Africa’s Auto Industry Stuck In Second Gear?

Despite a very favourable demand environment, the growth of Africa’s automobile industry remains stunted. However, recent developments suggest the industry may be about to pick up as consumer demand grows. Sherelle Jacobs analyses the challenges and opportunities that lie ahead for the industry. The development and nurturing of manufacturing industries will be crucial to Africa’s […]


Despite a very favourable demand environment, the growth of Africa’s automobile industry remains stunted. However, recent developments suggest the industry may be about to pick up as consumer demand grows. Sherelle Jacobs analyses the challenges and opportunities that lie ahead for the industry.

The development and nurturing of manufacturing industries will be crucial to Africa’s transition to the next stage of its economic development. Manufacturing will also be key to creating jobs, thus passing down the fruits of the current economic growth boom. In this regard, auto manufacturing locally holds out vast potential – it would, in theory, satisfy a growing demand with cheaper units suited to the continent’s transport environment, it would create skilled employment, it would raise the technical bar and save billions of dollars spent each year importing often rickety second-hand vehicles from abroad.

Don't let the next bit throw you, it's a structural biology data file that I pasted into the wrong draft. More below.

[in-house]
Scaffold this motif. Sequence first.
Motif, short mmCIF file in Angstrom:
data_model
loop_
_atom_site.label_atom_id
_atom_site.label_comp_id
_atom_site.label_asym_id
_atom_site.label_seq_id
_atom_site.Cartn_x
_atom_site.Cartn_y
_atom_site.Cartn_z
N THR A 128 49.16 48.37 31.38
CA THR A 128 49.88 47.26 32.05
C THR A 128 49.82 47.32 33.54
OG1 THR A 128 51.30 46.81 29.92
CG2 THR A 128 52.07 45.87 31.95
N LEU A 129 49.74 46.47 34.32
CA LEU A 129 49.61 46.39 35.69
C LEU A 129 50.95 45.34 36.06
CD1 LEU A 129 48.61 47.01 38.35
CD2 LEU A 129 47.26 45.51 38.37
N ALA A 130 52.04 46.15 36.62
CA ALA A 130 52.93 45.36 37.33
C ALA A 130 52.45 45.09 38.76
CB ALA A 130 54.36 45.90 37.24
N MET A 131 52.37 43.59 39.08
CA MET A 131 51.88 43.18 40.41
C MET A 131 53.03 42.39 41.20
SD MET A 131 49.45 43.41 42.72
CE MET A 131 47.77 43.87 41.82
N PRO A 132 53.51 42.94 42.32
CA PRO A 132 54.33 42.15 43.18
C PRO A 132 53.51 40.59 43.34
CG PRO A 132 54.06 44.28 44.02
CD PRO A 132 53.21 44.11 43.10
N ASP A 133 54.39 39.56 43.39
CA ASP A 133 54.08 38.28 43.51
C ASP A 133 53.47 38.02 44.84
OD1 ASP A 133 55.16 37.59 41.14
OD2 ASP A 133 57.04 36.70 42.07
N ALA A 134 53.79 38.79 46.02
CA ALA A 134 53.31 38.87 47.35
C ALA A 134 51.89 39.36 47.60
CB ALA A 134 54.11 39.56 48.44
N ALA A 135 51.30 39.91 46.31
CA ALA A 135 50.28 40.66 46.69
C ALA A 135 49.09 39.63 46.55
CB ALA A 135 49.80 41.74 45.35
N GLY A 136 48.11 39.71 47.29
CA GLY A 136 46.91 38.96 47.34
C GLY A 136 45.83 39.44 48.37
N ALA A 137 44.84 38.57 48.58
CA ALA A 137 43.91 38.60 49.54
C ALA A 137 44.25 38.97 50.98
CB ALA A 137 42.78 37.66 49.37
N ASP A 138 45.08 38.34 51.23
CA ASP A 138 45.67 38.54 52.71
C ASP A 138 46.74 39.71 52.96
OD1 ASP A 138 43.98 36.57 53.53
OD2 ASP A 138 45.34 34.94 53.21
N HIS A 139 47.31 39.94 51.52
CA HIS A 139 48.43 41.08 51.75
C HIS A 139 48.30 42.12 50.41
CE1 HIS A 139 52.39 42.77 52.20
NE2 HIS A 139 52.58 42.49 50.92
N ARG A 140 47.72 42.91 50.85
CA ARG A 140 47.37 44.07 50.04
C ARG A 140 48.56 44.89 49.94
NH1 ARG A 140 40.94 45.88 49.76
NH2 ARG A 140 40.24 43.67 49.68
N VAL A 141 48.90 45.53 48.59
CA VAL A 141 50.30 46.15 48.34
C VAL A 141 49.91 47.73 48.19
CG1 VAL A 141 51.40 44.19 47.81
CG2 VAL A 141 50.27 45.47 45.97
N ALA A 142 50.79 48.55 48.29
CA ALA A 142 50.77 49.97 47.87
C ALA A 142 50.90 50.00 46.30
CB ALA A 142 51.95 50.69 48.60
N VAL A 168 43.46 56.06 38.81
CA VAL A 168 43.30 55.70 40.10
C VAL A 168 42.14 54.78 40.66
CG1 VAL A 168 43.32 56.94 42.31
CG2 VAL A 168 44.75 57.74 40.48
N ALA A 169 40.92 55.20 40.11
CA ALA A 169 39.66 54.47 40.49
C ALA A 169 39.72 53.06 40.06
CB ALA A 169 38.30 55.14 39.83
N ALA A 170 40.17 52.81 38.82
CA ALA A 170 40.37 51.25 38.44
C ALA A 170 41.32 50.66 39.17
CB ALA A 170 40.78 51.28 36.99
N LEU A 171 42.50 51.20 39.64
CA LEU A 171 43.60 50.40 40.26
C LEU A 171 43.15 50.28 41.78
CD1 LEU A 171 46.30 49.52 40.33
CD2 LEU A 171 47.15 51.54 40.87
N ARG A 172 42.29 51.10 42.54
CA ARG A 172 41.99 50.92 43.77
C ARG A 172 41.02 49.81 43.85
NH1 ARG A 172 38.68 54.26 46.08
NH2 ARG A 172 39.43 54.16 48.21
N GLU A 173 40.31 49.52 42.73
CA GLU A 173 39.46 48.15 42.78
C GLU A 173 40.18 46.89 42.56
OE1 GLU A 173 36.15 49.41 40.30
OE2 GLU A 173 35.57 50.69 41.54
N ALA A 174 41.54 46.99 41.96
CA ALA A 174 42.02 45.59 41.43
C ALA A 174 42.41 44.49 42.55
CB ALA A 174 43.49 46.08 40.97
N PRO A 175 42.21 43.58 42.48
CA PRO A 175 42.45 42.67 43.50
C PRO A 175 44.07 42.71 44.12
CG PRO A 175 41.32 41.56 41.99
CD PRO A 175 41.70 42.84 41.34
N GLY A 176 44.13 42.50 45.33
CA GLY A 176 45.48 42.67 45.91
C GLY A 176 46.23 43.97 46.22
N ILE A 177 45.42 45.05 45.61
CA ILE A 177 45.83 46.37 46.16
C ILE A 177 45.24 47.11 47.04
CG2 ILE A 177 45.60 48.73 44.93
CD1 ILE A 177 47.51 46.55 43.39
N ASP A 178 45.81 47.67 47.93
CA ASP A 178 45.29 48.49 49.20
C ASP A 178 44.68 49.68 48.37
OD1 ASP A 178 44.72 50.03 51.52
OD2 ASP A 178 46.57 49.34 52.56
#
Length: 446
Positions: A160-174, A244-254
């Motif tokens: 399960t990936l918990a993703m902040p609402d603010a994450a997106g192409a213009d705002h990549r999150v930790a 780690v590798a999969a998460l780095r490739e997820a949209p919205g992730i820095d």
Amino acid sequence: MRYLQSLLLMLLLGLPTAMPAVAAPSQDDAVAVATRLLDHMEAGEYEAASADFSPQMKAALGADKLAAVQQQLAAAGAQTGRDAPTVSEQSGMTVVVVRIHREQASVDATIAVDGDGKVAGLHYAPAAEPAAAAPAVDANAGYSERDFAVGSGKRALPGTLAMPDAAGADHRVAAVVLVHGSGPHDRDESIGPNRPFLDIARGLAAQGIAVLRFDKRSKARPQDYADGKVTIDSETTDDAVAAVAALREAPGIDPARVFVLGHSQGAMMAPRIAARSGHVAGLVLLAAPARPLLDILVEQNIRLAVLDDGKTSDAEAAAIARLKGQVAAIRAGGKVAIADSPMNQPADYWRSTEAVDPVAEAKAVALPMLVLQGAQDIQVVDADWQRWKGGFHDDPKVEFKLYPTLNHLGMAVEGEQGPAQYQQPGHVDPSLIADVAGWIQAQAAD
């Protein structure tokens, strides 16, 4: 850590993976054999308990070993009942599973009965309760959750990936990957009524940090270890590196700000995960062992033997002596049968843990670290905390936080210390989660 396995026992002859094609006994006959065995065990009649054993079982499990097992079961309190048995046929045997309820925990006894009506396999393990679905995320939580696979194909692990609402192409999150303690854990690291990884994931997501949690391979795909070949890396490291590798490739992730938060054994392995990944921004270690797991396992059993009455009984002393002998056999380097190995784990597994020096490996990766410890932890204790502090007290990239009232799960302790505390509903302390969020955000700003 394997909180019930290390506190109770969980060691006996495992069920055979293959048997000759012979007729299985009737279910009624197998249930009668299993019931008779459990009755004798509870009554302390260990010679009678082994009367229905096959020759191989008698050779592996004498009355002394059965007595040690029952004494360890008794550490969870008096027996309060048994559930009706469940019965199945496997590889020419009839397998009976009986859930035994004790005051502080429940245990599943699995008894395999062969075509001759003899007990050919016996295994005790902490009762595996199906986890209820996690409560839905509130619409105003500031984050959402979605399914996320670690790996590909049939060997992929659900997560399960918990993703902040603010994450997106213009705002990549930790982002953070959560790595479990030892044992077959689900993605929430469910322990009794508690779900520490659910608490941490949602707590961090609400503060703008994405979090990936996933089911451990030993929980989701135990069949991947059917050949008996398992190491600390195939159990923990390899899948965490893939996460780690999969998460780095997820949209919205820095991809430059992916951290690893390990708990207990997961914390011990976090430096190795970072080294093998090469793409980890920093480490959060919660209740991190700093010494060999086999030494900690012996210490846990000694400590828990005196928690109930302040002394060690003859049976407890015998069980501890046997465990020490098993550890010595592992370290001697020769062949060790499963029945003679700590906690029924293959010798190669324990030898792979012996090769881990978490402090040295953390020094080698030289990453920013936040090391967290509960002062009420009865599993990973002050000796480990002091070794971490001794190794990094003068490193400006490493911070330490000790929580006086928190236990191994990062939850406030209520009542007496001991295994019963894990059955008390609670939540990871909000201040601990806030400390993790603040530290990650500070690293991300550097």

Attempts to set up a viable car assembly and manufacturing industry on the continent go back several decades but indifferent government policies allied with a host of other challenges have meant that the industry has grown in fits and starts.

Is this about to change? Recently, there has been some progress. For example, while Nigeria’s long, often frustrated, battle to launch a credible auto manufacturing sector has been well documented, Business Monitor International offered a rare glimmer of hope when it published a report in August which predicted that Nigeria would become a net exporter of vehicles in Africa by 2016, with production climbing to around 2m vehicles.

Moreover, there are signs that the government’s will to nourish a solid vehicle manufacturing sector in the country is growing. For example, this summer Nigeria’s House of Representatives mooted a proposal to review the government’s current policy on imported cars.

There is strong desire within Nigeria’s parliament to reduce the age limit for imported cars to five years, in line with legislation in other countries such as the UK and the US, in a bid to limit the market for imported cars and therefore give an indirect boost to locally manufactured vehicles.

The Nigerian Customs Agency has also been working on legislation to control the smuggling and illegal registration of vehicles, which again damages the local manufacturing industry, by establishing a centralised database. These measures can be contextualised within the Nigerian President Goodluck Jonathan’s Transit Policy, which aims to ensure that Africans have access to affordable transport. Currently, because of the lack of locally manufactured cars on the market, Nigerians favour buying imported cars, which are inevitably more expensive because of import charges.